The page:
Jurors at the Tyco International (TYC) trial asked Monday for a readback of chief financial officer Mark Swartz's (search) testimony about a $12.5 million loan that was forgiven.

The jury, in its third day of deliberations in state Supreme Court in Manhattan, is weighing whether Swartz and L. Dennis Kozlowski (search), Tyco's former chief executive, looted the company of $600 million.

The readback jurors requested was of Swartz's testimony regarding a $12.5 million loan he was given in lieu of part of a bonus he was due to receive.

Swartz and Kozlowski are charged with 32 counts of grand larceny, falsifying business records and violating state business laws. They each could face up to 30 years in prison if convicted.

The jury also asked Monday for a readback of testimony from a lawyer on whether the loan needed to be put on a proxy statement that was seen by shareholders. Jurors finished deliberating Monday evening without reaching a verdict and were to continue Tuesday.

During the nearly six-month trial, Swartz testified that he did not do anything he believed was illegal. He said he and Kozlowski received bonuses and loan forgiveness at many informal company board meetings at which no minutes were recorded.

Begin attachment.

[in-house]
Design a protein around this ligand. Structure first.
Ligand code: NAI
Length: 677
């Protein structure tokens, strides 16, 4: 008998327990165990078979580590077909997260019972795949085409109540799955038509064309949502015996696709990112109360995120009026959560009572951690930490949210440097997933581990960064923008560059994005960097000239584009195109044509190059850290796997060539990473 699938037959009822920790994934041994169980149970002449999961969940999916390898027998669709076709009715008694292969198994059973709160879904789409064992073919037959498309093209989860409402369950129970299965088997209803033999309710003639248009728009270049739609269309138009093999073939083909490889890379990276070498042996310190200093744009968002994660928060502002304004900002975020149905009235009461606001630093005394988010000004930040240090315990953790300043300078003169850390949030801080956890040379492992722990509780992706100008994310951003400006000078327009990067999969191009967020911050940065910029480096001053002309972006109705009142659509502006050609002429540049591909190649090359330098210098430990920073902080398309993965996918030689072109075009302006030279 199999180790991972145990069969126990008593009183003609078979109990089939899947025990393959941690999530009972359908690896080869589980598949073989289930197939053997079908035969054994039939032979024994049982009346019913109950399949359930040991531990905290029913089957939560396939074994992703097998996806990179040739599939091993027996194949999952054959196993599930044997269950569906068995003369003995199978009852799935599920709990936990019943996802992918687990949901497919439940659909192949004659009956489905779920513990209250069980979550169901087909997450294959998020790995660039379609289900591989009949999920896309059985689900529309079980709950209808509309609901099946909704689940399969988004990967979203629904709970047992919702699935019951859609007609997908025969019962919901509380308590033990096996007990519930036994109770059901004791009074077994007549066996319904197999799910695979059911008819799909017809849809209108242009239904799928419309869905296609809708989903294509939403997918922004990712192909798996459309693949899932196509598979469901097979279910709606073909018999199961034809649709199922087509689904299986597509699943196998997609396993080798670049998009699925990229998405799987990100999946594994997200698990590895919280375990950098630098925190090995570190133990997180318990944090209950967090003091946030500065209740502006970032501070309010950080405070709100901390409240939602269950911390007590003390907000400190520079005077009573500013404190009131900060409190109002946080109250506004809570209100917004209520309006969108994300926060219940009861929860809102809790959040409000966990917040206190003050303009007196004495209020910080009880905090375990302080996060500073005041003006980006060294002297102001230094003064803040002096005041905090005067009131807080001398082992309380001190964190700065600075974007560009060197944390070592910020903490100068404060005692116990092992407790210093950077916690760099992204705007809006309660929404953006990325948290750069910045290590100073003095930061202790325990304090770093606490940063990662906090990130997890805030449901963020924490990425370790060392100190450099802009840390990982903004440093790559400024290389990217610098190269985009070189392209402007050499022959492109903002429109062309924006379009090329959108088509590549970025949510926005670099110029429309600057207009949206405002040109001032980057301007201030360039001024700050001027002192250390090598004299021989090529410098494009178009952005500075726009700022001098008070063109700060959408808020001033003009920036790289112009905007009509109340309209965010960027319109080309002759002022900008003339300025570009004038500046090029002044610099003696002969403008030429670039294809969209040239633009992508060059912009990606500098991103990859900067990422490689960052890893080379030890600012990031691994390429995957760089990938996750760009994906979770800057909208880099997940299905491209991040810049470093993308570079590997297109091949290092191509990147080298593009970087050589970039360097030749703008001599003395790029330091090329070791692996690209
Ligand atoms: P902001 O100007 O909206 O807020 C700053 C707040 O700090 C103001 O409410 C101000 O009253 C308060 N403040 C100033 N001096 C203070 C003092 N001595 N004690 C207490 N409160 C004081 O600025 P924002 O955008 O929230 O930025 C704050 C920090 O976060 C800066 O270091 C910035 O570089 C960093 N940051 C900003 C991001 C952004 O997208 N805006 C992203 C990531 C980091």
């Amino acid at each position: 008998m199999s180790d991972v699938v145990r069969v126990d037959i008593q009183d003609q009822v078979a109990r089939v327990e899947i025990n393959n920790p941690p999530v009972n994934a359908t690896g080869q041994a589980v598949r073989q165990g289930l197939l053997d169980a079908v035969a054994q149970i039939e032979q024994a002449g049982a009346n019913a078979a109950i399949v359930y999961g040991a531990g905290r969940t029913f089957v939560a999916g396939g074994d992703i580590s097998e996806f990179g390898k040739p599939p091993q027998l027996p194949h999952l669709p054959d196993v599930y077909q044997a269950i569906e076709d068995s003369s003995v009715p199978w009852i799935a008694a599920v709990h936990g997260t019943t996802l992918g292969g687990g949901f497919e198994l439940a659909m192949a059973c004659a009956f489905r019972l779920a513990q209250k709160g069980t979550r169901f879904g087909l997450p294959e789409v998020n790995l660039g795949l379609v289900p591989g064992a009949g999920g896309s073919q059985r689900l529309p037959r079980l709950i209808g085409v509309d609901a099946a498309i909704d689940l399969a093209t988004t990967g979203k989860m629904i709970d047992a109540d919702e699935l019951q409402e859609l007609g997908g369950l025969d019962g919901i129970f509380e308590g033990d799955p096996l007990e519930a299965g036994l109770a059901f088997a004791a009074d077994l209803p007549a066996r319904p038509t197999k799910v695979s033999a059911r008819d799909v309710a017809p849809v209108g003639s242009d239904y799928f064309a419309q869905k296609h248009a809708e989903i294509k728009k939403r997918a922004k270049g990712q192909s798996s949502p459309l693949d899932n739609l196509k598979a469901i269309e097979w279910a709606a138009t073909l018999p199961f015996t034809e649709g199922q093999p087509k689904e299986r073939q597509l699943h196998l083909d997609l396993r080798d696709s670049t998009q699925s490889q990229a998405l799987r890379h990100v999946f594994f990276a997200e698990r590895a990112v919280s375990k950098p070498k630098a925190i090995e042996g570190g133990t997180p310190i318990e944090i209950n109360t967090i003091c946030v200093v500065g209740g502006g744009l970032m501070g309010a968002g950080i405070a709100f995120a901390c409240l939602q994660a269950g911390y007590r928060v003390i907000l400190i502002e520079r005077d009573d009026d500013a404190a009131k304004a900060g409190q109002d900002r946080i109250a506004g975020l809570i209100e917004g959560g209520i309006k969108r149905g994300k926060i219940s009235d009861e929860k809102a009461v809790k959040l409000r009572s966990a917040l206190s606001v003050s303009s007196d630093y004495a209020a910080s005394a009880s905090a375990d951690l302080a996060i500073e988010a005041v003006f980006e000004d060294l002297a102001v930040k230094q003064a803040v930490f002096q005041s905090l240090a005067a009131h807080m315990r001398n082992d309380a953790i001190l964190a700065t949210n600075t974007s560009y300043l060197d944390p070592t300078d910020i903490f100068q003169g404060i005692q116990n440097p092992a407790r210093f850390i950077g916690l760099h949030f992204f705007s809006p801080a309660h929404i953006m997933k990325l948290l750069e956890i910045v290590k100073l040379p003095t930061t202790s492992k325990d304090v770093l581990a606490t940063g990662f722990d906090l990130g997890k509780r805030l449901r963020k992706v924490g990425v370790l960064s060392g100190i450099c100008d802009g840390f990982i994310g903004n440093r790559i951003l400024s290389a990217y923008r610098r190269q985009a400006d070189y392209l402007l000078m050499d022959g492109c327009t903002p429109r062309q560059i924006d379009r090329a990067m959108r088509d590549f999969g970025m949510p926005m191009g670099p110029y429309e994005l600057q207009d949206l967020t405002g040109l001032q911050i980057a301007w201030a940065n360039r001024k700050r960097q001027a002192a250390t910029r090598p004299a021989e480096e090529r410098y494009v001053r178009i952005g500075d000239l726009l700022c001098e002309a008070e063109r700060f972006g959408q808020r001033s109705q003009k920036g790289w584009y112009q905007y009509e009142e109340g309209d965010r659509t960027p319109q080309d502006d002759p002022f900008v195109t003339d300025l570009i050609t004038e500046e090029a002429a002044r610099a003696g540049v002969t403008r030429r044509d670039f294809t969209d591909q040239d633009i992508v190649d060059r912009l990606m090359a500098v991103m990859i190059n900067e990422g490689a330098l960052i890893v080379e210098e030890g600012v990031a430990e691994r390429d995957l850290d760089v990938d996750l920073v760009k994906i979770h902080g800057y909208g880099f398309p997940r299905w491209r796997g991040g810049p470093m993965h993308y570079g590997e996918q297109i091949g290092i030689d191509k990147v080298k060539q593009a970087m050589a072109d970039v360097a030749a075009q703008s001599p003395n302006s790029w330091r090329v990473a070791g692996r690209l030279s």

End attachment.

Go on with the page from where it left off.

Jurors had heard 47 witnesses and saw more than 700 exhibits, including two videotapes of a birthday bacchanal on a Mediterranean island and an $18 million Fifth Avenue apartment with a $6,000 shower curtain in the maid's room.

On Friday, Justice Michael Obus answered several requests from the jury including an explanation of the terms "criminal intent" and "good faith."

On Thursday, the first day of deliberations, the jurors asked for a chart prosecutors used during summations to list 68 overt acts they say the defendants committed as part of their alleged conspiracy. Obus told jurors he would read any or all of the list if they requested.

Prosecutors say Kozlowski, 57, and Swartz, 43, stole $170 million to finance their lavish lifestyles by taking unauthorized bonuses and abusing company loan programs. They say the two netted an additional $430 million by pumping up Tyco's stock price and selling their shares from 1995 through 2002.

The defense argued that the men earned every dime and the board of directors and the company's auditors knew about the compensation and never objected. Kozlowski once made more than $100 million in one year.

Kozlowski's defense team rested last month without calling any witnesses.

Tyco, which has about 270,000 employees and $36 billion in annual revenue, makes electronics and medical supplies and owns the ADT home security business. Its operations headquarters are in West Windsor, N.J., but the company is based in Bermuda.